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Ellida. Are you busy?

Wangel. Yes, I must go down to the office. And then I must
change. But I won't be long.

Arnholm (sitting down in arbour). Now, don't hurry, dear doctor.
Your wife and I will manage to kill the time.

Wangel (nodding). Oh, yes! I'm sure you will. Well, goodbye for
the present. (He goes out through the garden.)

Ellida (after a short pause). Don't you think it's pleasant
sitting out here?

Arnholm. I think I've a pleasant seat now.

Ellida. They call this my arbour, because I had it fitted up, or
rather Wangel did, for me.

Arnholm. And you usually sit here?

Ellida. Yes, I pass most of the day here.

Arnholm. With the girls, I suppose?

Ellida. No, the girls--usually sit on the verandah.

Arnholm. And Wangel himself?

Ellida. Oh! Wangel goes to and fro--now he comes to me, and then
he goes to his children.

Arnholm. And is it you who wish this?

Ellida. I think all parties feel most comfortable in this way.
You know we can talk across to one another--if we happen to find
there is anything to say.

Arnholm (after thinking awhile). When I last crossed your path--
out at Skjoldviken, I mean--Hm! That is long ago now.

Ellida. It's quite ten years since you were there with us.

Arnholm. Yes, about that. But when I think of you out there in
the lighthouse! The heathen, as the old clergyman called you,
because your father had named you, as he said, after an old ship,
and hadn't given you a name fit for a Christian.

Ellida. Well, what then?

Arnholm. The last thing I should then have believed was that I
should see you again down here as the wife of Wangel.

Ellida. No; at that time Wangel wasn't--at that time the girls'
first mother was still living. Their real mother, so-

Arnholm. Of course, of course! But even if that had not been-
even if he had been free--still, I could never have believed this
would come about.

Ellida. Nor I. Never on earth--then.

Arnholm. Wangel is such a good fellow. So honourable. So
thoroughly good and kind to all men.

Ellida (warmly and heartily). Yes, he is indeed.

Arnholm. But he must be so absolutely different from you, I
fancy.

Ellida. You are right there. So he is.

Arnholm. Well, but how did it happen? How did it come about?

Ellida. Ah! dear Arnholm, you mustn't ask me about that. I
couldn't explain it to you, and even if I could, you would never
be able to understand, in the least.

Arnholm. Hm! (In lower tone.) Have you ever confided anything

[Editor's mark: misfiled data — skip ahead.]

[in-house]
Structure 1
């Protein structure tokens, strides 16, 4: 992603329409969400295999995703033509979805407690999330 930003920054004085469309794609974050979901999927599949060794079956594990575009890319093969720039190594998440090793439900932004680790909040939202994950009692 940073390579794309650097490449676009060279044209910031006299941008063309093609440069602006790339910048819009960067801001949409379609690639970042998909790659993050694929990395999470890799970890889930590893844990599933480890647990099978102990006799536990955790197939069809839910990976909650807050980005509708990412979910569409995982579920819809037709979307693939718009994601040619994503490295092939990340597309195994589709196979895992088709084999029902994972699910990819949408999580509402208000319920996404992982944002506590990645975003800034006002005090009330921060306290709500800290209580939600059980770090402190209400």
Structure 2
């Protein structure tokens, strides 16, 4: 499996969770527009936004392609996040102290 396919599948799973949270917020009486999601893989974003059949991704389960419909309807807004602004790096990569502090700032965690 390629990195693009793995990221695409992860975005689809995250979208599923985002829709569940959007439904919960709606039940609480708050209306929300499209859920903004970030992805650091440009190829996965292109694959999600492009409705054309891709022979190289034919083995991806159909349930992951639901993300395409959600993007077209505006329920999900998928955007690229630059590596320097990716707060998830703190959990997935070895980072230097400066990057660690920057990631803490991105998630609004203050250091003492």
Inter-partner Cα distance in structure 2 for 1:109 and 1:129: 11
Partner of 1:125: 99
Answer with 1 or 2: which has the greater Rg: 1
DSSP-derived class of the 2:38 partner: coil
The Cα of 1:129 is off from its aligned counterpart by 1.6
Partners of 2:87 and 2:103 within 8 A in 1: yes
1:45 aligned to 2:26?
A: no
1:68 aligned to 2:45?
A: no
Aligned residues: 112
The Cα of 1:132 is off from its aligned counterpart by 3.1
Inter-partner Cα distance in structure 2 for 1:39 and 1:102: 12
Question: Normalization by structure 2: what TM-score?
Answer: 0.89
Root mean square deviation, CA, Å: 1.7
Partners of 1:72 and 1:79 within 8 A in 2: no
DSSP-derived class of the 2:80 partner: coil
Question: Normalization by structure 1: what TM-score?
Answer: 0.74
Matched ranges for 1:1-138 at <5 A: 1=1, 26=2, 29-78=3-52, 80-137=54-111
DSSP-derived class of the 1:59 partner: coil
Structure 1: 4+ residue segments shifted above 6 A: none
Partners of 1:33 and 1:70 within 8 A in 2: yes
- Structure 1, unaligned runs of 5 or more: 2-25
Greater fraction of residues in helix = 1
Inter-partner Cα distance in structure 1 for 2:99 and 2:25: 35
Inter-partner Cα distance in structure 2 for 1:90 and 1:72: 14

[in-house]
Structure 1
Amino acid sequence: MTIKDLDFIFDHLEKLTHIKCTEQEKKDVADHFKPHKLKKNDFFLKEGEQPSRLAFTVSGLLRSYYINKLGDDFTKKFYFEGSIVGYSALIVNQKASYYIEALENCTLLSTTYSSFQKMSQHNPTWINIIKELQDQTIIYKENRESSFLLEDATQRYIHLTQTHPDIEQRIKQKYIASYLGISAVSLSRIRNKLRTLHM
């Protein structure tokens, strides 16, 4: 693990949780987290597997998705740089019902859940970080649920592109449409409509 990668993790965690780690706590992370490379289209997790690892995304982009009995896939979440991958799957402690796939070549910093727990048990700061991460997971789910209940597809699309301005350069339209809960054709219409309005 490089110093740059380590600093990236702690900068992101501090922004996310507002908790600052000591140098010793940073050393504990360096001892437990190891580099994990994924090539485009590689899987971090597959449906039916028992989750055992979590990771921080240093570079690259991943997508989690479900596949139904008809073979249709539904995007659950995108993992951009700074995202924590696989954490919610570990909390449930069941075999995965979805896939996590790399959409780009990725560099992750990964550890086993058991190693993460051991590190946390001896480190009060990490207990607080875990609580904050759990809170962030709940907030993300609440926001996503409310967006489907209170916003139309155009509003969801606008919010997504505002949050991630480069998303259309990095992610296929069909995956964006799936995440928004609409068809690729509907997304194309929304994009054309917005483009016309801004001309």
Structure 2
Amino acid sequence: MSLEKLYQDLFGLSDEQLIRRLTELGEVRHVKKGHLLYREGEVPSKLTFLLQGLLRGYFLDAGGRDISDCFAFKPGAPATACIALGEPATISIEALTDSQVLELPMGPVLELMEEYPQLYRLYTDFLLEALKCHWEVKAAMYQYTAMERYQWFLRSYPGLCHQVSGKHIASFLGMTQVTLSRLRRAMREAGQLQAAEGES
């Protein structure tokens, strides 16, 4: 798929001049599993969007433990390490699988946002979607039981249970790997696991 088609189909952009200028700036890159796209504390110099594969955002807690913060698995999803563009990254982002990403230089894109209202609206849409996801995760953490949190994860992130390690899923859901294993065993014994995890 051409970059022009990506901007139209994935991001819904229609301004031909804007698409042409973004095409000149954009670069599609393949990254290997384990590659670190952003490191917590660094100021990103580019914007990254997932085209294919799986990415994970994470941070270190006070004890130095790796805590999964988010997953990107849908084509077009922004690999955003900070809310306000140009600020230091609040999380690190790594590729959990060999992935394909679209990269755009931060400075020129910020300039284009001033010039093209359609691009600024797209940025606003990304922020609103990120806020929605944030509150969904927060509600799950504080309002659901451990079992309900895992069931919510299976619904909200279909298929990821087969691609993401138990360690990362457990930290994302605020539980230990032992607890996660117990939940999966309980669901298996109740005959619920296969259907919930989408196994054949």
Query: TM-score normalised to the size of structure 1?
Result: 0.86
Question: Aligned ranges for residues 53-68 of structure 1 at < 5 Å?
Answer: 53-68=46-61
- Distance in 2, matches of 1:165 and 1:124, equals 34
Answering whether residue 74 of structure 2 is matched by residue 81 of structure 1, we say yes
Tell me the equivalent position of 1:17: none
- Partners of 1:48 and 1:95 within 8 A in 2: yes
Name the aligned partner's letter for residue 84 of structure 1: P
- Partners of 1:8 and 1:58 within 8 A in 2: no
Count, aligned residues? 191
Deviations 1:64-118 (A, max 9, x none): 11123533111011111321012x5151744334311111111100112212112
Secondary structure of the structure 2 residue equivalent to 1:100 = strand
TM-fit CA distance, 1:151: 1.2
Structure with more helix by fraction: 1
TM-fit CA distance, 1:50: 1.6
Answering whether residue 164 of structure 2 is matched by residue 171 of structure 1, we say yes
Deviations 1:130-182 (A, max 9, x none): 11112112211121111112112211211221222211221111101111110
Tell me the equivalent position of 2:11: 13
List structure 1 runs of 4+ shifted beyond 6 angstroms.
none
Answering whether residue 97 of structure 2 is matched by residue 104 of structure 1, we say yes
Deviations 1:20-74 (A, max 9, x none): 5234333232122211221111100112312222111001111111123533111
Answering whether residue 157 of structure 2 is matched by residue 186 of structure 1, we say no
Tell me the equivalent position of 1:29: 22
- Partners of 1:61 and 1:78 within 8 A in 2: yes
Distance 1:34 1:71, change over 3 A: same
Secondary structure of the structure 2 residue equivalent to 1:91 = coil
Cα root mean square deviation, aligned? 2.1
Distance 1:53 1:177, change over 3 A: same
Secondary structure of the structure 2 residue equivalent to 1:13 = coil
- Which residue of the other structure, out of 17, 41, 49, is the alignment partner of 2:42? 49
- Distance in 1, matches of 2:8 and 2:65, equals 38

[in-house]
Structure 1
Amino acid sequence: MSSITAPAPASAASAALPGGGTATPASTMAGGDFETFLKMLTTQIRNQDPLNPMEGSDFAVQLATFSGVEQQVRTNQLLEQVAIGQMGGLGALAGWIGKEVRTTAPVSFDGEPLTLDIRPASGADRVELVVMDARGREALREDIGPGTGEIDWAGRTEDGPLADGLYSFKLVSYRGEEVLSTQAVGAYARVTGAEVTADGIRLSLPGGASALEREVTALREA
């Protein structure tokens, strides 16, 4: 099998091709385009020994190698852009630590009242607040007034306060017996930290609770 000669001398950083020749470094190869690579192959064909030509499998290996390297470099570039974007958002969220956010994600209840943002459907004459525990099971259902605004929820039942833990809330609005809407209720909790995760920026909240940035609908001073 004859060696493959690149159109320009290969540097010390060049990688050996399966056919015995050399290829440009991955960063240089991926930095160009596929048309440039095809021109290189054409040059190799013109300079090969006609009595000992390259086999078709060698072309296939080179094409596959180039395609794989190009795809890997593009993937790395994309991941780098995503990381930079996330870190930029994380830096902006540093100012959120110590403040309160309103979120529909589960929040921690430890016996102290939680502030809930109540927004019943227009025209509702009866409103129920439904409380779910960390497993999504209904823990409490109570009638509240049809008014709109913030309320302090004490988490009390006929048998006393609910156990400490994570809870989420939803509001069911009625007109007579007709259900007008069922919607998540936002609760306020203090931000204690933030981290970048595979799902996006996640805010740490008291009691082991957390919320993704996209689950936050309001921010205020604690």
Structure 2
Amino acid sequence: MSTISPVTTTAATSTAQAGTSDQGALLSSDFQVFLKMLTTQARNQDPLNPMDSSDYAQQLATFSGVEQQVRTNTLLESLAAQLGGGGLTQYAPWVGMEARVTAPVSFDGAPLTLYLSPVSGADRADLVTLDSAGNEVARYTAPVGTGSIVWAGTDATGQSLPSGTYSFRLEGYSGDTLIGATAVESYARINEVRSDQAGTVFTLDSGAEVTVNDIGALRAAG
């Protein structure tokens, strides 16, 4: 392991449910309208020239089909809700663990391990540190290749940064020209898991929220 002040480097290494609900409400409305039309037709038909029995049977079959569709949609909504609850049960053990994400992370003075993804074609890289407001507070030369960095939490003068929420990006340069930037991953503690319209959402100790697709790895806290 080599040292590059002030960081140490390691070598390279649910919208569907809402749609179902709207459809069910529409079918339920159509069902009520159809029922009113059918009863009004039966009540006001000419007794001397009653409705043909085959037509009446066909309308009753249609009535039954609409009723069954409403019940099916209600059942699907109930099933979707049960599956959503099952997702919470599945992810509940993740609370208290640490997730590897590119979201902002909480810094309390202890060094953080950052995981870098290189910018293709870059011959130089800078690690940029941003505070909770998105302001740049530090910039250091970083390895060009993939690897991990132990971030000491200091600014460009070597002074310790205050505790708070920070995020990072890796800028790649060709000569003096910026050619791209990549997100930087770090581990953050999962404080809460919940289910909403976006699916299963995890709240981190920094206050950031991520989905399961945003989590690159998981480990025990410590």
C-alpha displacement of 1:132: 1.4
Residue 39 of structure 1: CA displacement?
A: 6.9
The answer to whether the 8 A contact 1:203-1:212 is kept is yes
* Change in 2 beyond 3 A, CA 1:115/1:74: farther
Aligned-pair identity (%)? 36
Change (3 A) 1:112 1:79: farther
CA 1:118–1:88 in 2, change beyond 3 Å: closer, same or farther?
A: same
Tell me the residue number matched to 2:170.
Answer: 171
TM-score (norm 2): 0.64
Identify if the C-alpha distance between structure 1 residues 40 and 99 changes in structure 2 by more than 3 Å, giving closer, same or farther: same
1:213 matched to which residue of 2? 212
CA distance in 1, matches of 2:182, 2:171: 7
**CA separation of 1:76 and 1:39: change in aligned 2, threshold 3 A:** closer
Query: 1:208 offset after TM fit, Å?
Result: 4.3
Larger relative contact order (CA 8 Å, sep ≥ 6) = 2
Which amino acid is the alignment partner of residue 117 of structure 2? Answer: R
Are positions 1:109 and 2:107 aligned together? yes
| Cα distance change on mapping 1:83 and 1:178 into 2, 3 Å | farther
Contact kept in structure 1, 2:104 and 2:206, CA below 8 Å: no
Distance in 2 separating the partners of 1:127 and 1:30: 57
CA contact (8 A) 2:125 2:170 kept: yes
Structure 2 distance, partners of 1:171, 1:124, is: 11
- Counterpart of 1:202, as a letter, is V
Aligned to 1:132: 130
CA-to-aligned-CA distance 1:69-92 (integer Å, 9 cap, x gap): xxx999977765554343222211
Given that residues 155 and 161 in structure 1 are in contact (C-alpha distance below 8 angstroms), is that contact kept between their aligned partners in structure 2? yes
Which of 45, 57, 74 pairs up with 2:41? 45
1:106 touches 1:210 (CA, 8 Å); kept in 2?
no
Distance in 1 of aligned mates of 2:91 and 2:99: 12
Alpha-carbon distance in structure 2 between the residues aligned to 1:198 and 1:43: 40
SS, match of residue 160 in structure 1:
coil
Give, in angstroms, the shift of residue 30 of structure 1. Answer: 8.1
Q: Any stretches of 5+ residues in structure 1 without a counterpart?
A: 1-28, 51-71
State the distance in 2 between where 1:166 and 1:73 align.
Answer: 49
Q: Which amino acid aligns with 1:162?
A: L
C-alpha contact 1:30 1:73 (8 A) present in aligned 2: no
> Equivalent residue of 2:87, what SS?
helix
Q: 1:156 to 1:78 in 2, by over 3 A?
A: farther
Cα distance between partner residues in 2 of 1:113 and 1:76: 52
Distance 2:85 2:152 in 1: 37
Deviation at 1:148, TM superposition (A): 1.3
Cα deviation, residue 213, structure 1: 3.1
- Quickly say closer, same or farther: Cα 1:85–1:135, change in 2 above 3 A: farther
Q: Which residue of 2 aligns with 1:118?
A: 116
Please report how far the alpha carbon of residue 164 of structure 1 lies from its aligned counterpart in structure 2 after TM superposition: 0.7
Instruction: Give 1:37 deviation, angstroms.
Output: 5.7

about me to your husband? Of course, I meant about the useless
step--I allowed myself to be moved to.

Ellida. No. You may be sure of that. I've not said a word to him
about--about what you speak of.

Arnholm. I am glad. I felt rather awkward at the thought that--

Ellida. There was no need. I have only told him what is true--
that I liked you very much, and that you were the truest and best
friend I had out there.

Arnholm. Thanks for that. But tell me--why did you never write to
me after I had gone away?

Ellida. I thought that perhaps it would pain you to hear from one
who--who could not respond as you desired. It seemed like re-
opening a painful subject.

Arnholm. Hm. Yes, yes, perhaps you were right.

Ellida. But why didn't you write?

Arnholm (looks at her and smiles, half reproachfully). I make the
first advance? Perhaps expose myself to the suspicion of wanting
to begin all over again? After such a repulse as I had had?

Ellida. Oh no! I understand very well. Have you never since
thought of forming any other tie?

Arnholm. Never! I have been faithful to my first memories.

Ellida (half jestingly). Nonsense! Let the sad old memories
alone. You'd better think of becoming a happy husband, I should
say.

Arnholm. I should have to be quick about it, then, Mrs. Wangel.
Remember, I'm already--I'm ashamed to say--I'm past thirty-seven.

Ellida. Well, all the more reason for being quick. (She is silent
for a moment, and then says, earnestly, in a low voice.) But
listen, dear Arnholm; now I am going to tell you something that I
could not have told you then, to save my life.

Arnholm. What is it?

Ellida. When you took the--the useless step you were just
speaking of--I could not answer you otherwise than I did.

Arnholm. I know that you had nothing but friendship to give me; I
know that well enough.

Ellida. But you did not know that all my mind and soul were then
given elsewhere.

Arnholm. At that time!

Ellida. Yes.

Arnholm. But it is impossible. You are mistaken about the time. I
hardly think you knew Wangel then.

Ellida. It is not Wangel of whom I speak.

Arnholm. Not Wangel? But at that time, out there at Skjoldviken--
I can't remember a single person whom I can imagine the
possibility of your caring for.

Ellida. No, no, I quite believe that; for it was all such
bewildering madness--all of it.

Arnholm. But tell me more of this.

Ellida. Oh! it's enough if you know I was bound then; and you
know it now.





The Lady From The Sea by Henrik Ibsen
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